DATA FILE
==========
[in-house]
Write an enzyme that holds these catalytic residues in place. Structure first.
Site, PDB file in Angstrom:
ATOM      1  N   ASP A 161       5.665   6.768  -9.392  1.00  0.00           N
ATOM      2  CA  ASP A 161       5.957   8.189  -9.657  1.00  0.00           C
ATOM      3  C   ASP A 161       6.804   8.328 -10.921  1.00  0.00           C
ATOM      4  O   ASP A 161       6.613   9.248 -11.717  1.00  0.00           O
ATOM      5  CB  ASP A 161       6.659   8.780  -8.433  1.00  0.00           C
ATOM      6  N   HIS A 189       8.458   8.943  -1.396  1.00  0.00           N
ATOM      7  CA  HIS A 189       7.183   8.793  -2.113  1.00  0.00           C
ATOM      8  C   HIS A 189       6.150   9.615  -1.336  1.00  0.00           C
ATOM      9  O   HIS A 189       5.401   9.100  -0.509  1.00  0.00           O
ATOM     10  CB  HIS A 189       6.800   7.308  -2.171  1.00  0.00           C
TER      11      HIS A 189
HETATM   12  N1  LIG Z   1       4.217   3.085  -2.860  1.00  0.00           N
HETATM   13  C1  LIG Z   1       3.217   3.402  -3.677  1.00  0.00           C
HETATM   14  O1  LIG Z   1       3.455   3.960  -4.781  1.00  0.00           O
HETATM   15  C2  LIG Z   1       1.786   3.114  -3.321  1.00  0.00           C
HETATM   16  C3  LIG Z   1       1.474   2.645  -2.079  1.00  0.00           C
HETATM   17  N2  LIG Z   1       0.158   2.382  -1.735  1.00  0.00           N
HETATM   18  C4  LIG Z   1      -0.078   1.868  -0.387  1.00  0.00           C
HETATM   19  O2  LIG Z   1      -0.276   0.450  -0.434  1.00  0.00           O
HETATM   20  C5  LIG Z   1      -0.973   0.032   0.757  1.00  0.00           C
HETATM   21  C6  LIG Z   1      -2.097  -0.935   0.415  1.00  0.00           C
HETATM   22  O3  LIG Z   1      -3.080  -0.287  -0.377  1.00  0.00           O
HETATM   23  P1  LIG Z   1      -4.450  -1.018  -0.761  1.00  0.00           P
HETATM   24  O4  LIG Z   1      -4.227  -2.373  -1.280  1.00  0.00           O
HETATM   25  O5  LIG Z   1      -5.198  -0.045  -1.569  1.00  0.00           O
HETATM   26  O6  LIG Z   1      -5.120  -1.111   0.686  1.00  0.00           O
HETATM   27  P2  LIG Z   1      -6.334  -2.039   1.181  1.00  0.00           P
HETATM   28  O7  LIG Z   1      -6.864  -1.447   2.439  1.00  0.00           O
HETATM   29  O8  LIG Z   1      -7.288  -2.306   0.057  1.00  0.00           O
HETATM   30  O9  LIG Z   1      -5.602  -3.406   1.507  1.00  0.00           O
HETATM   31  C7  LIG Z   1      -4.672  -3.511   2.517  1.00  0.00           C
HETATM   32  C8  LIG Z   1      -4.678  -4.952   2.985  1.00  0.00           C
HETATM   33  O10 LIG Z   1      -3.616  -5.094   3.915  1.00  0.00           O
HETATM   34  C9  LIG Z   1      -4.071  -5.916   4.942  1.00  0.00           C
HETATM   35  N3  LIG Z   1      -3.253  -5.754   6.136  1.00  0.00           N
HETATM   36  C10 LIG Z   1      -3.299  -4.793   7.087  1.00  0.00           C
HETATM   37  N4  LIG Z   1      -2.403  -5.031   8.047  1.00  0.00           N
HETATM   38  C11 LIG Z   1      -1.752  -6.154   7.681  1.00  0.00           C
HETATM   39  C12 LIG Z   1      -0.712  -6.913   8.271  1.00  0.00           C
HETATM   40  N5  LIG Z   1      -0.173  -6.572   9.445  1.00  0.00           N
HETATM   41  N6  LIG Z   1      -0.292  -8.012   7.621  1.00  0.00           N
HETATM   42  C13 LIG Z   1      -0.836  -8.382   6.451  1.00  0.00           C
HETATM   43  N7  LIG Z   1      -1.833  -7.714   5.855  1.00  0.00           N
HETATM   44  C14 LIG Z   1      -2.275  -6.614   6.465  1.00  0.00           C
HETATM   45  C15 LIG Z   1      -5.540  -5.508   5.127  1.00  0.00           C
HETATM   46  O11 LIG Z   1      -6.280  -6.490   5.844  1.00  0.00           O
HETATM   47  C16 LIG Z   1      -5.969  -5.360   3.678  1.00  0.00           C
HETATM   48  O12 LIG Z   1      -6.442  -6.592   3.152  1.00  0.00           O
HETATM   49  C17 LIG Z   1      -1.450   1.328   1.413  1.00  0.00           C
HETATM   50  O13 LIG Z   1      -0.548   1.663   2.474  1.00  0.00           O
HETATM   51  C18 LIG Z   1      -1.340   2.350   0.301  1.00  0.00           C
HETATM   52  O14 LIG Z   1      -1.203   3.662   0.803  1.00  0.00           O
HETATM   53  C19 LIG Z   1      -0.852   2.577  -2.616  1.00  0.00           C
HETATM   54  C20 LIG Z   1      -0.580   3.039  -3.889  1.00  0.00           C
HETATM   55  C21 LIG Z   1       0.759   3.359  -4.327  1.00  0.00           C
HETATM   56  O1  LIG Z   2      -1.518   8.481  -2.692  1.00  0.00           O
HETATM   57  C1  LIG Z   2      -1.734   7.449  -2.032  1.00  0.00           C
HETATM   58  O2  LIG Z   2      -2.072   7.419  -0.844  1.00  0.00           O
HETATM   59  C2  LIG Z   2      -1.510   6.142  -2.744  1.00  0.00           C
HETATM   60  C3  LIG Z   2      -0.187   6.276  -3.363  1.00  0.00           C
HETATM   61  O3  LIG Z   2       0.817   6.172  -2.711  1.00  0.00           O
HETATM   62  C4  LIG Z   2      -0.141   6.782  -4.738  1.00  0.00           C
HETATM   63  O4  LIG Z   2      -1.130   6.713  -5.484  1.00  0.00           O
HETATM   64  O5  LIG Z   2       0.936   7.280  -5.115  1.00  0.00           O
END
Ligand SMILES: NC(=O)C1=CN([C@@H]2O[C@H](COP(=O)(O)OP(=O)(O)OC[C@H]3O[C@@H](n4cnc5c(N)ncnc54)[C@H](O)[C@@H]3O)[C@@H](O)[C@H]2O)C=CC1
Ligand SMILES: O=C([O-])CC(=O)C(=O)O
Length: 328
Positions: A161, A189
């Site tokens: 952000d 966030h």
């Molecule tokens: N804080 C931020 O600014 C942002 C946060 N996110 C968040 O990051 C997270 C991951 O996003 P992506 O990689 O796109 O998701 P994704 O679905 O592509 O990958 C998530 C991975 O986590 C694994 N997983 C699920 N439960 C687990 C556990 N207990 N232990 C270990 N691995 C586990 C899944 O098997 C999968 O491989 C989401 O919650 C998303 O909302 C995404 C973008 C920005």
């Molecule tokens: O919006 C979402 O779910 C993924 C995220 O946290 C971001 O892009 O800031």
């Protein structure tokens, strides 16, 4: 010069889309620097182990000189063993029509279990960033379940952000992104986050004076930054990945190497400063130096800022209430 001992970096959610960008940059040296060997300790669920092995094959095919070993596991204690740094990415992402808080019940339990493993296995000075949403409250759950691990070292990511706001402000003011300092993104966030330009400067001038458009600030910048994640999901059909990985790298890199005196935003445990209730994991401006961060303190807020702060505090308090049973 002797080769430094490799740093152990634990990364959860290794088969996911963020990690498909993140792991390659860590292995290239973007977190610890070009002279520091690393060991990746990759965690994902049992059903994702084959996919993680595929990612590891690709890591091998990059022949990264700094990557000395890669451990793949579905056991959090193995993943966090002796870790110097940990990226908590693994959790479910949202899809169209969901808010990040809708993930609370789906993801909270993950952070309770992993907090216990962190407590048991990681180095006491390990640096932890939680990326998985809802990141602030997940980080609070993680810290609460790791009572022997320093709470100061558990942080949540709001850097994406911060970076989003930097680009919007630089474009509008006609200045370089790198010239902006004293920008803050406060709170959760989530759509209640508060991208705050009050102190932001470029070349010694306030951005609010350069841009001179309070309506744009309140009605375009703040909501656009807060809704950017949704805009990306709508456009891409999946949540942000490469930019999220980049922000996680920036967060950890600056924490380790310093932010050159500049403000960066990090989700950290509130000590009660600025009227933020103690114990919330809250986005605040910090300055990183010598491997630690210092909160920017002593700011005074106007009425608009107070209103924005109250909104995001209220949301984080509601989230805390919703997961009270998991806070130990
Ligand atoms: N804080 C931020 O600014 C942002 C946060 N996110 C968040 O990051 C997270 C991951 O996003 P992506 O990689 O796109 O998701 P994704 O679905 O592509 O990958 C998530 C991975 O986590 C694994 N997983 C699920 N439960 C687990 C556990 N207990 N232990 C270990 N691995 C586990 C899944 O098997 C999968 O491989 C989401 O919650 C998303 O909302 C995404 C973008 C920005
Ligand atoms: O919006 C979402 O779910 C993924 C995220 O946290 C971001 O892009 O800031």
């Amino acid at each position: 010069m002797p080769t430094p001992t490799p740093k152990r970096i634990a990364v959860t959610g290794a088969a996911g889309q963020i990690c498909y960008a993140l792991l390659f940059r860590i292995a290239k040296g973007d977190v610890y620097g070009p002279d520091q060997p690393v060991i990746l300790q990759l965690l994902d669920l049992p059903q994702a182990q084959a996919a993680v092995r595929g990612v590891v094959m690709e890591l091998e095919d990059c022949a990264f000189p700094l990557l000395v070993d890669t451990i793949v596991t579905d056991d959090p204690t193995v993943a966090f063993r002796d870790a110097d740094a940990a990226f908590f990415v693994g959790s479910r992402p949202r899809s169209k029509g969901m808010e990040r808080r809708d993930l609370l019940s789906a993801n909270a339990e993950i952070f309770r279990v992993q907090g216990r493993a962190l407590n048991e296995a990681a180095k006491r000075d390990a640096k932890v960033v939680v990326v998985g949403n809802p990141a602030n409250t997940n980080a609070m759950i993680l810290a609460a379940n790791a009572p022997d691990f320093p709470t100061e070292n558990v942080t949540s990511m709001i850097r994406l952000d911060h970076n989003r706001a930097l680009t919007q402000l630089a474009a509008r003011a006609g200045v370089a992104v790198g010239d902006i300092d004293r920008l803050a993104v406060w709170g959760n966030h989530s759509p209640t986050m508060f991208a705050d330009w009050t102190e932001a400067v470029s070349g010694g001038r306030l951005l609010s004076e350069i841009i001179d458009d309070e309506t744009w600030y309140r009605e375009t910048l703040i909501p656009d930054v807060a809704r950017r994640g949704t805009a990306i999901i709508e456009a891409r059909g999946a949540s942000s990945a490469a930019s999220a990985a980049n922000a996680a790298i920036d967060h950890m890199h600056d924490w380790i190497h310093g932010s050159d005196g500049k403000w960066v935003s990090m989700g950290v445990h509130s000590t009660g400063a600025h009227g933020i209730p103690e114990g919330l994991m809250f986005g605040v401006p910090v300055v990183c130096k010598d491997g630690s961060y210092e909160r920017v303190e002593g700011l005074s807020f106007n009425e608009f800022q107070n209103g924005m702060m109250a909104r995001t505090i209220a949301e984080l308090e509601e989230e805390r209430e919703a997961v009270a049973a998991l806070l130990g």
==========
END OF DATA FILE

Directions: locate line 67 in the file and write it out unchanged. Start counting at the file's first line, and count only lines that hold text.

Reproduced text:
HETATM   64  O5  LIG Z   2       0.936   7.280  -5.115  1.00  0.00           O